This is the first book that I’ve read on the iPad’s Kindle application and it was a reasonably good reading experience – I particularly like the fact that you can make notes and highlight certain parts of the text.
It’s also possible to see which areas of the book other Kindle users have highlighted and you can see your highlights/notes via the Kindle website.
The sub-title of the book: ‘Are you indispensable? How to drive your career and create a remarkable future’ didn’t really appeal to me all that much but I’ve found that these types of things are often just for provocation and don’t necessarily detract from the message.
As with the other Godin books I’ve read, he spends a lot of time making his original point and in this one it felt like I’d already agreed with what he was saying for at least 50 pages before we moved onto something else.
Despite that I think there were some good points made in the book. These were some of the more interesting ones for me:
- One of my favourite quotes from the book is the following about fire:
Fire is hot. That’s what it does. If you get burned by fire, you can be annoyed at yourself, but being angry at the fire doesn’t do you much good. And trying to teach the fire a lesson so it won’t be hot next time is certainly not time well spent.
Our inclination is to give fire a pass, because it’s not human. But human beings are similar, in that they’re not going to change any time soon either.
One of the things I’ve noticed over time is that it’s very unlikely that the core way a person behaves is likely to change regardless of the feedback that they get from other people.
Pat touches on this in a post where he points out that we need to be prepared for feedback to not be accepted.
I don’t think this means we should stop giving feedback to people if we think it will help them be more effective but it does seem useful to keep in mind and help us avoid frustration when we can’t change a person to behave in the way we’d like them to.
- Godin makes an interesting point about the value of the work that we do:
A day’s work for a day’s pay (work <=> pay). I hate this approach to life. It cheapens us.
This is exactly the consulting model – billing by the hour or by the day – and although I’ve come across a couple of alternative approaches I’m not sure that they work better than this model.
Value based pricing is something which I’ve read about but it seems to me that there needs to be a certain degree of trust between the two parties for that to work out. The other is risk/reward pricing and I’ve heard good/bad stories about this approach.
It seems to me that we’d need to have a situation where both parties were really involved in the long term outcome of the project/system so if one party is only invested for a short % of this time then it’s going to be difficult to make it work.
- Shipping is another area he touches on in a way that makes sense to me:
I think the discipline of shipping is essential in the long-term path to becoming indispensable.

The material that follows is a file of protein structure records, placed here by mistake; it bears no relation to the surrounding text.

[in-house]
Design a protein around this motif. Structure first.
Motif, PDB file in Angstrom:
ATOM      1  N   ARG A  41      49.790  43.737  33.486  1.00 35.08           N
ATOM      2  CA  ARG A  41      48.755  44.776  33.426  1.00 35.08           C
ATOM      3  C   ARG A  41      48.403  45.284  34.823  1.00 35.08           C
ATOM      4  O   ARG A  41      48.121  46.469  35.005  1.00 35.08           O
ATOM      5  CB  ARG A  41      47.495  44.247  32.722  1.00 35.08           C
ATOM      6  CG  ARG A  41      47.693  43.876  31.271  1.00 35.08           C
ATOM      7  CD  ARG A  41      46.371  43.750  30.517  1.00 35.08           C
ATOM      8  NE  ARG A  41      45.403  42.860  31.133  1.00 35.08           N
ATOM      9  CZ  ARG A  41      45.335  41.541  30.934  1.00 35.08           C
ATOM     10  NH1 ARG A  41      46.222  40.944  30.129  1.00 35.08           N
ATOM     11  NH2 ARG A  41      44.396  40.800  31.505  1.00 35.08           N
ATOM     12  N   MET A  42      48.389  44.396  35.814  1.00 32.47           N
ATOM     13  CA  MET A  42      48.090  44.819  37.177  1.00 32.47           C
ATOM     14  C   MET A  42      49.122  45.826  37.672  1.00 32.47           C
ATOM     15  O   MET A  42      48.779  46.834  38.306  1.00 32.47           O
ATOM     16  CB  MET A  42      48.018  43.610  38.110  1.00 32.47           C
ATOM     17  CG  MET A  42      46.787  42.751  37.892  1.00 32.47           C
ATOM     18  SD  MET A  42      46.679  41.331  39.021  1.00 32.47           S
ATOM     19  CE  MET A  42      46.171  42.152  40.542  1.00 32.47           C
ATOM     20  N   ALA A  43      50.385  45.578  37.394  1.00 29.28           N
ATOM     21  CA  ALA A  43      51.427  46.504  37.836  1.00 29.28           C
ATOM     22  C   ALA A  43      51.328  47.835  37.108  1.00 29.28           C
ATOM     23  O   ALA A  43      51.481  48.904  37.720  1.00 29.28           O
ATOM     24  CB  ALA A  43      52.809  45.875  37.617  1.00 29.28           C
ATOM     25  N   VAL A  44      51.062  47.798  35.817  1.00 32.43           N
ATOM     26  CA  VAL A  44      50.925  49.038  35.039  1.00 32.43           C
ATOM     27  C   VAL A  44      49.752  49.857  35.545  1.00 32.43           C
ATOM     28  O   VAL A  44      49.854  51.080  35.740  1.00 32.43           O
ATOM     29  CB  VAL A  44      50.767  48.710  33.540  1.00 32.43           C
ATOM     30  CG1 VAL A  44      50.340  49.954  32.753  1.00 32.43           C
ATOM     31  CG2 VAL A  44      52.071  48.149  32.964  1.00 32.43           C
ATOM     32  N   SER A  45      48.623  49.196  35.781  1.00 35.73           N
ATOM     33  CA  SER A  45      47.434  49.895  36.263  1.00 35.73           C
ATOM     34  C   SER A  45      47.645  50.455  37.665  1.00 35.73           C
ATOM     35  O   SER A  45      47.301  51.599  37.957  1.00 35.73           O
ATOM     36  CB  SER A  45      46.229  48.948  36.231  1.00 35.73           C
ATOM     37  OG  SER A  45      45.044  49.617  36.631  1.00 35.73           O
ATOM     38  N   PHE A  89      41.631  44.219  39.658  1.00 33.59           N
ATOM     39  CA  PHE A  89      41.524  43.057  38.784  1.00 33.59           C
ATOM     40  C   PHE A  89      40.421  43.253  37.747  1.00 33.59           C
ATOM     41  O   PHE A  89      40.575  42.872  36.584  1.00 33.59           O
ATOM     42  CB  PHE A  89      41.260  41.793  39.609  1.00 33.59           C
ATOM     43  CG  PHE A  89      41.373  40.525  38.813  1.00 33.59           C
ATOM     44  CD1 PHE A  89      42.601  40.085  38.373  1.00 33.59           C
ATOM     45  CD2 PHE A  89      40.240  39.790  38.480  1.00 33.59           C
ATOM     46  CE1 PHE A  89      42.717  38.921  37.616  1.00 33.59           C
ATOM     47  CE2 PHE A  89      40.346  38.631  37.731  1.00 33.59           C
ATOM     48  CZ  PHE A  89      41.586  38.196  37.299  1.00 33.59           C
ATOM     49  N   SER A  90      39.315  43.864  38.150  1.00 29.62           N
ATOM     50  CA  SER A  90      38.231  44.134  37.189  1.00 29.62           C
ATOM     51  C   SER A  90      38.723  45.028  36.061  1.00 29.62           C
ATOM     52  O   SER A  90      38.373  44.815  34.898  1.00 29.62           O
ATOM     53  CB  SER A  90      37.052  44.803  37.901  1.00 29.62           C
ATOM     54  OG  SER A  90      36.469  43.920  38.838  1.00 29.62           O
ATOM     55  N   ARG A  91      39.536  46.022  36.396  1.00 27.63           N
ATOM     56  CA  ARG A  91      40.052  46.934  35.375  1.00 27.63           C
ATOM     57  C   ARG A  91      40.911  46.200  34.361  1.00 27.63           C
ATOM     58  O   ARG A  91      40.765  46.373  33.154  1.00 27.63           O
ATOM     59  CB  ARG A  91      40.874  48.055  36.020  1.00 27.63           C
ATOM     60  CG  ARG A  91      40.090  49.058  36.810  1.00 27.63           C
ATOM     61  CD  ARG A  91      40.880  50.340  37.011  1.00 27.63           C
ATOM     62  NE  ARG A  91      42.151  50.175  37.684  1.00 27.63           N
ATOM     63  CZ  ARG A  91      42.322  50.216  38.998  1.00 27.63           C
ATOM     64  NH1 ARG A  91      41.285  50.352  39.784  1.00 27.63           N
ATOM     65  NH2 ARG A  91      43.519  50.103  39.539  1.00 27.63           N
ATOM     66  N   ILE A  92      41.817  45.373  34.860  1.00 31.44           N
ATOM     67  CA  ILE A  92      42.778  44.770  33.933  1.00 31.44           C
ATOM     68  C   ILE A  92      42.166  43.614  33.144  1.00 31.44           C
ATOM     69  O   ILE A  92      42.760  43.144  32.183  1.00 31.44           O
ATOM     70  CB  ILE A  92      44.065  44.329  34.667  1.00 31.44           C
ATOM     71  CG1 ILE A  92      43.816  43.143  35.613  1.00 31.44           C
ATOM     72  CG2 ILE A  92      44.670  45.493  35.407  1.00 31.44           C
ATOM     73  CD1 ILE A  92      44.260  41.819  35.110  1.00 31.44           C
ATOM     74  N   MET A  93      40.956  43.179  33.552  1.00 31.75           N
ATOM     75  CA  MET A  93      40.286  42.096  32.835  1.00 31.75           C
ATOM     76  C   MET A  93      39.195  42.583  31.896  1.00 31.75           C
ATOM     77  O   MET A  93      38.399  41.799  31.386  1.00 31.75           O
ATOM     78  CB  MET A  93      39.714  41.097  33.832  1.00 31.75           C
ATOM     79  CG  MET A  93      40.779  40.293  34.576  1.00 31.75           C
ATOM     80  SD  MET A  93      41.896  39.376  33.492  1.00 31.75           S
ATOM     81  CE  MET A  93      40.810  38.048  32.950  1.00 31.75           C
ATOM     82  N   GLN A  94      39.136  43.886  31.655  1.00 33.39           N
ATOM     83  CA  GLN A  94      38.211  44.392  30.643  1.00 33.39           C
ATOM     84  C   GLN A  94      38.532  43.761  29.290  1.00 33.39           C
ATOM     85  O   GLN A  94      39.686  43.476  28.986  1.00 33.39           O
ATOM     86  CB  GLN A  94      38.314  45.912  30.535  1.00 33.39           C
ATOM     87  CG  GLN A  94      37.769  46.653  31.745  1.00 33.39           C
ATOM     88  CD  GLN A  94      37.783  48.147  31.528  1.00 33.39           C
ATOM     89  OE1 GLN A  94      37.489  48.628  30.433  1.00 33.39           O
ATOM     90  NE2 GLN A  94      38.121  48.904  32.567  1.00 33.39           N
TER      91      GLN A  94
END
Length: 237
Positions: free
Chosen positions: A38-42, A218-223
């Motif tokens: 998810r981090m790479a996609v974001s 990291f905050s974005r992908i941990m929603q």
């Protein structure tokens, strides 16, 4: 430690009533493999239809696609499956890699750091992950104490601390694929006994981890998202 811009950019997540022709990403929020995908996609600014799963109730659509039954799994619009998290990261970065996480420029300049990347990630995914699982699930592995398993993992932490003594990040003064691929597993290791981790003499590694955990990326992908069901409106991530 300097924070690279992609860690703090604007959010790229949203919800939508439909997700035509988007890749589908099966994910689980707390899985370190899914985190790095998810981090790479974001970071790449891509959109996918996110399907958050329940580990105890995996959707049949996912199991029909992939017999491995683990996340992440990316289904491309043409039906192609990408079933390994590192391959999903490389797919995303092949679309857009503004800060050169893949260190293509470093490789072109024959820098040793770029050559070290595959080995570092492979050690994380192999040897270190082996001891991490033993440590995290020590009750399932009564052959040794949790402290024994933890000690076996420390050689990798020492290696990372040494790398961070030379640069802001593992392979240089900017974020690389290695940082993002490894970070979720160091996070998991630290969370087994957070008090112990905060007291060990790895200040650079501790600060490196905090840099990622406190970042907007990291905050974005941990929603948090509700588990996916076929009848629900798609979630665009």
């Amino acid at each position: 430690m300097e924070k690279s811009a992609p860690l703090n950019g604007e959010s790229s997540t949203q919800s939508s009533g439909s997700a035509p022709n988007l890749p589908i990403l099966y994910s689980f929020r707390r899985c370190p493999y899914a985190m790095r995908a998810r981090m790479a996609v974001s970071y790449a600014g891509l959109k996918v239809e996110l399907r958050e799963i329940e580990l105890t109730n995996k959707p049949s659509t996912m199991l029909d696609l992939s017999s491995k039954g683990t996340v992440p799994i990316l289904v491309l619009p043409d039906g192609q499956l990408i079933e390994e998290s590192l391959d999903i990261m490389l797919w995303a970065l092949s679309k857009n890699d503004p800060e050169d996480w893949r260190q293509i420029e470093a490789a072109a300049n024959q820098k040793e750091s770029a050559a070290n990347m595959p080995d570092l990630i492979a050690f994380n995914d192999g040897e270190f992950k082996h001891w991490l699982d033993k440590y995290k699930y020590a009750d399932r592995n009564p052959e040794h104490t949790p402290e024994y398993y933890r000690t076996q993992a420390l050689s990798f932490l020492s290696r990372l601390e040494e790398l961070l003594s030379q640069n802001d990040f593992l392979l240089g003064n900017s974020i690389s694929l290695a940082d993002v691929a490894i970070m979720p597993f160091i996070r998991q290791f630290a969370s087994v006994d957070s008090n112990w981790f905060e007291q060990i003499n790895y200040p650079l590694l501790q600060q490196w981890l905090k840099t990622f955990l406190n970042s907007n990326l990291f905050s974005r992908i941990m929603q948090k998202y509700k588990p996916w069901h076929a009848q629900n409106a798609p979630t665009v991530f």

The only purpose of starting is to finish, and while the projects we do are never really finished, they must ship. Shipping means hitting the publish button on your blog, showing a presentation to the sales team, answering the phone, selling the muffins, sending out your references. Shipping is the collision between your work and the outside world.
While this is just generally applicable, in software terms this would be about the sort of thing that my colleagues Rolf Russell & Andy Duncan cover in their talk ‘Rapid and Reliable Releases‘.
I also had an interesting discussion with Jon Spalding about the importance of just getting something out there with respect to the ‘Invisible Hand‘ browser plugin that he’s currently working on. Jon pointed out that it’s often best to ship and then rollback if there are problems rather than spending a lot of time trying to make sure something is perfect before shipping.
- Godin spends a lot of time pointing out how important human interactions and relationships are and I think this is something that is very important for software delivery teams. One of the most revealing quotes is this:
You might be parroting the words from that negotiation book or the public-speaking training you went to, but every smart person you encounter knows that you’re winging it or putting us on.
Virtually all of us make our living engaging directly with other people. When the interactions are genuine and transparent, they usually work. When they are artificial or manipulative, they fail.
I attended a consulting training course when I first started working at ThoughtWorks 4 years ago and I’ve always found it impossible to actually use any of the ideas because it doesn’t feel natural. It’s interesting that Godin points out why this is!
Overall this book feels to me like a more general version of Chad Fowler’s ‘The Passionate Programmer‘ which is probably a more applicable book for software developers.
This one is still an interesting read although it primarily points out stuff that you probably already knew in a very clear and obvious way.